After many many calls and just as many estimates, I found a man who would cut out the trees for around $1100. It turned out to be closer to $1200 but it was done. And at the same time, I was calling leads to find someone to burn off the prairie. One estimate was $5,000. I mean, really???? I finally found a guy with whom I’d been in high school, but he was across the state line at the Liberty Fire Dept. and had several ahead of me in Nebraska and they had to come first but he’d do what he could. Keep in mind the farm is 1/2 mile from Nebraska.

And then, by a happenstance I can’t really remember, I found the Linn, Kansas, American Legion who were burning prairie to raise funds for the Legion. Whew! Linn is about 45 miles from the farm, so I sweetened the pot by adding $400 for a total of $1400. And they burned it and did a great job.

Now, after all that backstory, Stephen, my son, and I went to the farm over the weekend. Cliff had school papers to catch up on so he stayed home, did laundry, and had a good dinner ready for us when we returned on Monday evening. Which, all in all, is a fair trade. Our primary goal was to plant grass and put straw over said grass in the hopes that it would keep away critters and birds until it sprouts.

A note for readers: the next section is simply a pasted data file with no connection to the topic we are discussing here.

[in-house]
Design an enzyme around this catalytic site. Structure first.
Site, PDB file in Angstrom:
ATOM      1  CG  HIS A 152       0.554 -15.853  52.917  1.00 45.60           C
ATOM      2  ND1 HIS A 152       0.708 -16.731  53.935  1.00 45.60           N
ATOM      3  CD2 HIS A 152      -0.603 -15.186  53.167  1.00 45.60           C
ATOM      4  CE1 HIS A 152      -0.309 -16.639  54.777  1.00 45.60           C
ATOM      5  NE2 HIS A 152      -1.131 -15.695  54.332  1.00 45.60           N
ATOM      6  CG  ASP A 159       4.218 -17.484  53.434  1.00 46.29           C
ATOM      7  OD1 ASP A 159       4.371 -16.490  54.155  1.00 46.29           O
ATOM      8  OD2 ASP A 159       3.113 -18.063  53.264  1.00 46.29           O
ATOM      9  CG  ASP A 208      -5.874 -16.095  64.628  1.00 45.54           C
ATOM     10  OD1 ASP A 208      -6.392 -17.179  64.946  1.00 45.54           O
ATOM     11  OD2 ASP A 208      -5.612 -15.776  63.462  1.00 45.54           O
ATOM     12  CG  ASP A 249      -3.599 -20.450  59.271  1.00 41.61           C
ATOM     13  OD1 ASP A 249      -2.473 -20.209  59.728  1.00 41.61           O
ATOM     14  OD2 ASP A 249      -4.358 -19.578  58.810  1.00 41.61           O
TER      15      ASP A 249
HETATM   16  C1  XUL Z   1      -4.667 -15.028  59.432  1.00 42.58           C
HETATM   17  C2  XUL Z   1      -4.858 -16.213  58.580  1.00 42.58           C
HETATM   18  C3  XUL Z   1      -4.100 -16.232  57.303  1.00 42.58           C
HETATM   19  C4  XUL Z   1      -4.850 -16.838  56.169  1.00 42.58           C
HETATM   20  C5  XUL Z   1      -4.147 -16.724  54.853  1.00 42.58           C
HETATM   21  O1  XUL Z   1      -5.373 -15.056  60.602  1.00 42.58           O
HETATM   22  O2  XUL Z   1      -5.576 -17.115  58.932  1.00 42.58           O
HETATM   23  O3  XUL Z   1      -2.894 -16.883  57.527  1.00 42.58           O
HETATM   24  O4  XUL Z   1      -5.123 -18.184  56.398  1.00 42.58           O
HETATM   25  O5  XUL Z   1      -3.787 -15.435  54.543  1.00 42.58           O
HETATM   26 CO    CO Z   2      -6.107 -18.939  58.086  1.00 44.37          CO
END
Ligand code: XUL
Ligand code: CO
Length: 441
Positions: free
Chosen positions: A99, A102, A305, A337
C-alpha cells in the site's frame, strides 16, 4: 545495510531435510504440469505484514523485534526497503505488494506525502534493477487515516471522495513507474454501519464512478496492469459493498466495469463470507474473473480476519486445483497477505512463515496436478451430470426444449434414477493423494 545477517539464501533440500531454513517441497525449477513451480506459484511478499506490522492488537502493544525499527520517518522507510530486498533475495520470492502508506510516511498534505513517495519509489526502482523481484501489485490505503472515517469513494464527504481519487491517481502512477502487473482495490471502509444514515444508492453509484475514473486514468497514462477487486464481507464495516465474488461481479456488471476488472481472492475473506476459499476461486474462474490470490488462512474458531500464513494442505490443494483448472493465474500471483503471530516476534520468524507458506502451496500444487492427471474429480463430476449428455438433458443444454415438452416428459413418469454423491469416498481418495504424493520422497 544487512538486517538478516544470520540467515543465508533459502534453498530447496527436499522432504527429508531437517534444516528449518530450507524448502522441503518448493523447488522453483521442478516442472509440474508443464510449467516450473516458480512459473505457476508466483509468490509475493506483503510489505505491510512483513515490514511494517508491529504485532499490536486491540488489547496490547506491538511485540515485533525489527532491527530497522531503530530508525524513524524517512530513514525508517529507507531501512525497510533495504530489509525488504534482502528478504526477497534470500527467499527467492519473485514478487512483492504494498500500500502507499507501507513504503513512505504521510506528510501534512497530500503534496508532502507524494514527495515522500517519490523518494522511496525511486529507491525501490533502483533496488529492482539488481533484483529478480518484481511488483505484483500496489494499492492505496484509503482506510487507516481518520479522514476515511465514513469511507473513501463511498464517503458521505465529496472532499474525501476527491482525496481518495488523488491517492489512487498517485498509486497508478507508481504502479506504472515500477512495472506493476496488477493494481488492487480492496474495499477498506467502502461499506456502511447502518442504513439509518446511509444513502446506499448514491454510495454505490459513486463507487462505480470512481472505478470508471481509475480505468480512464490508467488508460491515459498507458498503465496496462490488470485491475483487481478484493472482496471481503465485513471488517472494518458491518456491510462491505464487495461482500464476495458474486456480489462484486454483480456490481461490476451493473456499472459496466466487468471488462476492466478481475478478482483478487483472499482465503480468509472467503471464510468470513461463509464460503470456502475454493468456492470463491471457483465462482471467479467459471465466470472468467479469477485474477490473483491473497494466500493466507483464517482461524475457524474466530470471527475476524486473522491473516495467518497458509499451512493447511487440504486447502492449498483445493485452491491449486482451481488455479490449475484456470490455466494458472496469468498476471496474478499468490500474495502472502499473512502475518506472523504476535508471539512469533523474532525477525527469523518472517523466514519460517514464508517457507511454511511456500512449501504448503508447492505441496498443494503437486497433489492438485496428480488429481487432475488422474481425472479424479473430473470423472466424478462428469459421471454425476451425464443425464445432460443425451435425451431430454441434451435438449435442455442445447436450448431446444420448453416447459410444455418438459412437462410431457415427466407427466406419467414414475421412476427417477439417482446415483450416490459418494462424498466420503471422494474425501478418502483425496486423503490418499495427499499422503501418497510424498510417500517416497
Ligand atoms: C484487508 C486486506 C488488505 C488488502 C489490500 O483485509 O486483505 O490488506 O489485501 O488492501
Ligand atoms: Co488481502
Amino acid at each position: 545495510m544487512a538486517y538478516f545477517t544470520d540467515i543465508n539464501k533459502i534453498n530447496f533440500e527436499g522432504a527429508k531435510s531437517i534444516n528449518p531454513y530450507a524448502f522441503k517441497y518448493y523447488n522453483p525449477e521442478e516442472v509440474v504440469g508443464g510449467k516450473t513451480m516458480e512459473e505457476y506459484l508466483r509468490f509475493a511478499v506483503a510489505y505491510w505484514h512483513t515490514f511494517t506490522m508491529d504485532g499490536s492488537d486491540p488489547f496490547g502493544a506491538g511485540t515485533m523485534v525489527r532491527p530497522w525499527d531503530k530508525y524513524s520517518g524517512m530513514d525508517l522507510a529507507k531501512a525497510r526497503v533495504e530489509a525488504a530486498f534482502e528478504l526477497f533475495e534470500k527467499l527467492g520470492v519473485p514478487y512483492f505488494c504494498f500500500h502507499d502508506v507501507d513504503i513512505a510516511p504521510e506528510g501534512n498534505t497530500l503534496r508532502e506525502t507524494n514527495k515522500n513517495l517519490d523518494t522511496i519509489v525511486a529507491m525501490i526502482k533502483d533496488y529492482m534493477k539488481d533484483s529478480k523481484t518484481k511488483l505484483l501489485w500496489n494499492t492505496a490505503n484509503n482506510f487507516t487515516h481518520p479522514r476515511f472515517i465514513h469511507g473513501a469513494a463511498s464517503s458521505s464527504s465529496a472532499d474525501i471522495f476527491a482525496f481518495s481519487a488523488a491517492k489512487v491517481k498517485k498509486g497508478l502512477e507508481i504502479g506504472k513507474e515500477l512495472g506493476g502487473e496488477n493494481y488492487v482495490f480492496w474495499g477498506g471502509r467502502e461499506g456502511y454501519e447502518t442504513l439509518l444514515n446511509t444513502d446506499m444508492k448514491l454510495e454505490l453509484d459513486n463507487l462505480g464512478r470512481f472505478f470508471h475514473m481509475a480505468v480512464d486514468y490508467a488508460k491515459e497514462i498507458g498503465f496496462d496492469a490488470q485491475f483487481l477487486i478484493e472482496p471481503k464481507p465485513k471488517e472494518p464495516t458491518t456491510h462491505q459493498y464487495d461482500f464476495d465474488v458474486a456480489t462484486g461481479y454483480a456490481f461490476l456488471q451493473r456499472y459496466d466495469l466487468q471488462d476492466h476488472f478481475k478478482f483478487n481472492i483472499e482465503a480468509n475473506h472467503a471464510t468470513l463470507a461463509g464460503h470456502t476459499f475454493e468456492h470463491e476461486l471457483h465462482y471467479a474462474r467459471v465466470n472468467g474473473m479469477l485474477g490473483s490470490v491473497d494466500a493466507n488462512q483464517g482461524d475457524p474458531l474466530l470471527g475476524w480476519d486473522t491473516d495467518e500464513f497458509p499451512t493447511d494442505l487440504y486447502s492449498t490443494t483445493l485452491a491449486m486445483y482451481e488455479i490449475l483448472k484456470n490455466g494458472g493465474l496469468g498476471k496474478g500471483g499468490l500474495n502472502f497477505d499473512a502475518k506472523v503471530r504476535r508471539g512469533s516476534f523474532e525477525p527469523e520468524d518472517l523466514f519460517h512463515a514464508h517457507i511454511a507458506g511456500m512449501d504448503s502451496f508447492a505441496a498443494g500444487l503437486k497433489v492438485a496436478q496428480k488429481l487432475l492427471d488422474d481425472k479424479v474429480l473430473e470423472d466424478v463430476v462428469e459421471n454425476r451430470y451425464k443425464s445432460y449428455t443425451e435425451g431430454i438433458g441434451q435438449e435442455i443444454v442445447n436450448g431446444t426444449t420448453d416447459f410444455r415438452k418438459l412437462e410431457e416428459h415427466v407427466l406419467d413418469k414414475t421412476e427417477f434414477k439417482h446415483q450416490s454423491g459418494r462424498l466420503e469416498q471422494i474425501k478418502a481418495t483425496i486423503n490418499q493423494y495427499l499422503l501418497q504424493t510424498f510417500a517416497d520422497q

I’ve no idea where the essay is stored in this copious record of my life on WordPress, but there is an essay, perhaps the one where I pumped out the basement, on what a mess the area around the house became after construction. I’ve been struggling with the five feet times 90 feet of ground around it since. Earlier this year, I guess over spring break, Cliff and I went up, cleared out all the weed stalks/sunflower stalks/weird red berry something or another that seems determined to root, and left bare ground. Which Stephen and I covered copiously with grass seed. A neighbor brought up two bales of straw which we then used to cover said seed. No doubt, at some point in the future, I will update the story on whether or not I finally have grass instead of very tall weeds around the house. In the nonce (doncha love that word) it’s done.